More broadly, meaningful collaboration with racially diverse groups might require looking for knowledge and expertise in unexpected places. For example, extension specialist Samuel Sandoval-Solis noted in one of our webinars, that farmworkers often have their own information networks that they bring into play, sometimes by using social media apps, to solve farm problems, such as pest outbreaks that are happening across different farms in a larger region. Working only with farm owners or managers will miss this potential font of collective knowledge. Likewise, in internal institutional DEI work, staff at many different levels of the institutional hierarchy, including those in non-leadership roles, may possess unique life experiences and expertise to contribute to the DEI-building effort. Thus, in both internal and external work, initiatives in which leaders work truly collaboratively with the grassroots are more likely to achieve robust results.


          Making progress on DEI in the extension arena requires working in new ways and with new people, both within and outside of our institutions. Having the mindset and skills needed to do so respectfully and effectively will help all to find productive ways forward. We hope that these lessons that we learned along our own journey will be useful to others traveling similar paths.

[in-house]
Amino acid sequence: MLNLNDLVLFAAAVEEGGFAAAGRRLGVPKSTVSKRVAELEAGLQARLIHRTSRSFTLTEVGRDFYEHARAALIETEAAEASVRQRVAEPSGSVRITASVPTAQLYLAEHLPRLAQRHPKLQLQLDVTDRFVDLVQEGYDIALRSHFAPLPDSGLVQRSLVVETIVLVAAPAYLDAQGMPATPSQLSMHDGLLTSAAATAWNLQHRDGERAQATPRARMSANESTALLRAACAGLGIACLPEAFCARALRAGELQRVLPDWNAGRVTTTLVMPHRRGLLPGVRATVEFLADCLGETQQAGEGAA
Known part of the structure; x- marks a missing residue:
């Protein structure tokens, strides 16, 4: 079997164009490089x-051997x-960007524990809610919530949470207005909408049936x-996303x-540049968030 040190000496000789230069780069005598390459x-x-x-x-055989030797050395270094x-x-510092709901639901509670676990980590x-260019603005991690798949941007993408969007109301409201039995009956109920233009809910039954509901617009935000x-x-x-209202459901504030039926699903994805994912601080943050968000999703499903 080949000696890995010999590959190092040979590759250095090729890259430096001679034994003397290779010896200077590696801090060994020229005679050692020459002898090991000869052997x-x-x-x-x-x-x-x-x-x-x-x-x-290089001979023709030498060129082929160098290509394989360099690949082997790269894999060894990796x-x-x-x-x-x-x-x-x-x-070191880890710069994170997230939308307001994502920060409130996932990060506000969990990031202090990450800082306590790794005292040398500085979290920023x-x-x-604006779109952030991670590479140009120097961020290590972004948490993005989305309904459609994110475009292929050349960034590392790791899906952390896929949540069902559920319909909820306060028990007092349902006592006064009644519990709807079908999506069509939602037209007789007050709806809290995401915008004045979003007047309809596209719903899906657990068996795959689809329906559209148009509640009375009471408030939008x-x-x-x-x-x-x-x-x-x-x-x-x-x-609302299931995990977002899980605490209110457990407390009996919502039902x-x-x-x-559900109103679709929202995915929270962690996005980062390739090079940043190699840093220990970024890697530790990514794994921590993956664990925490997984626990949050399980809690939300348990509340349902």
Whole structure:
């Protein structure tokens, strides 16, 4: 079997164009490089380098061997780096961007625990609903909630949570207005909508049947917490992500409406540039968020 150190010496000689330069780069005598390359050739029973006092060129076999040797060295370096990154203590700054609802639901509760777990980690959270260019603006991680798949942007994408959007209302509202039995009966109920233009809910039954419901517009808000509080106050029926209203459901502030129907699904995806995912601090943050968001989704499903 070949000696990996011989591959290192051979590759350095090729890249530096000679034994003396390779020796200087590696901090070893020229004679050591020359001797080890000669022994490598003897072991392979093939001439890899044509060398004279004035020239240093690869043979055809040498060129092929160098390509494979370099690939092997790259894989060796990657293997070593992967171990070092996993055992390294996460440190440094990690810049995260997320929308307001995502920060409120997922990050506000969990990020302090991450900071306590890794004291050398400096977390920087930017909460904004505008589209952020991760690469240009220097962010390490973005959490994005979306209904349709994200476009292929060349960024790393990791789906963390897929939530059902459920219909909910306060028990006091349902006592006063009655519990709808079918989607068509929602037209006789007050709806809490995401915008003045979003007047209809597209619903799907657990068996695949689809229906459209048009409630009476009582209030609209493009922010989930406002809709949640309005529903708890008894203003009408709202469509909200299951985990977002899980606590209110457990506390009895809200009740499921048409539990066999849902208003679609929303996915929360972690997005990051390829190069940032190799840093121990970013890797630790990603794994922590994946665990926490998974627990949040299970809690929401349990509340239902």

Access recordings of a series of 4  UC SAREP webinars on Racial Equity in Extension


Dongoske, K., Pasqual, T., & King, T. (2015). ENVIRONMENTAL REVIEWS AND CASE STUDIES: The National Environmental Policy Act (NEPA) and the Silencing of Native American Worldviews. Environmental Practice, 17(1), 36-45. https://doi:10.1017/S1466046614000490.

Durie, M. (2004). Exploring the Interface Between Science and Indigenous Knowledge. 5th APEC Research and Development Leaders Forum: Capturing Value from Science. March 11, 2004. Christchurch, NZ.

  Joseph A. Myers Center for Research on Native American Issues & Native American Student Development. (2021). The University of California Land Grab: A Legacy of Profit from Indigenous Land. A Report of key Learnings and Recommendations [Report]. University of California, Berkeley.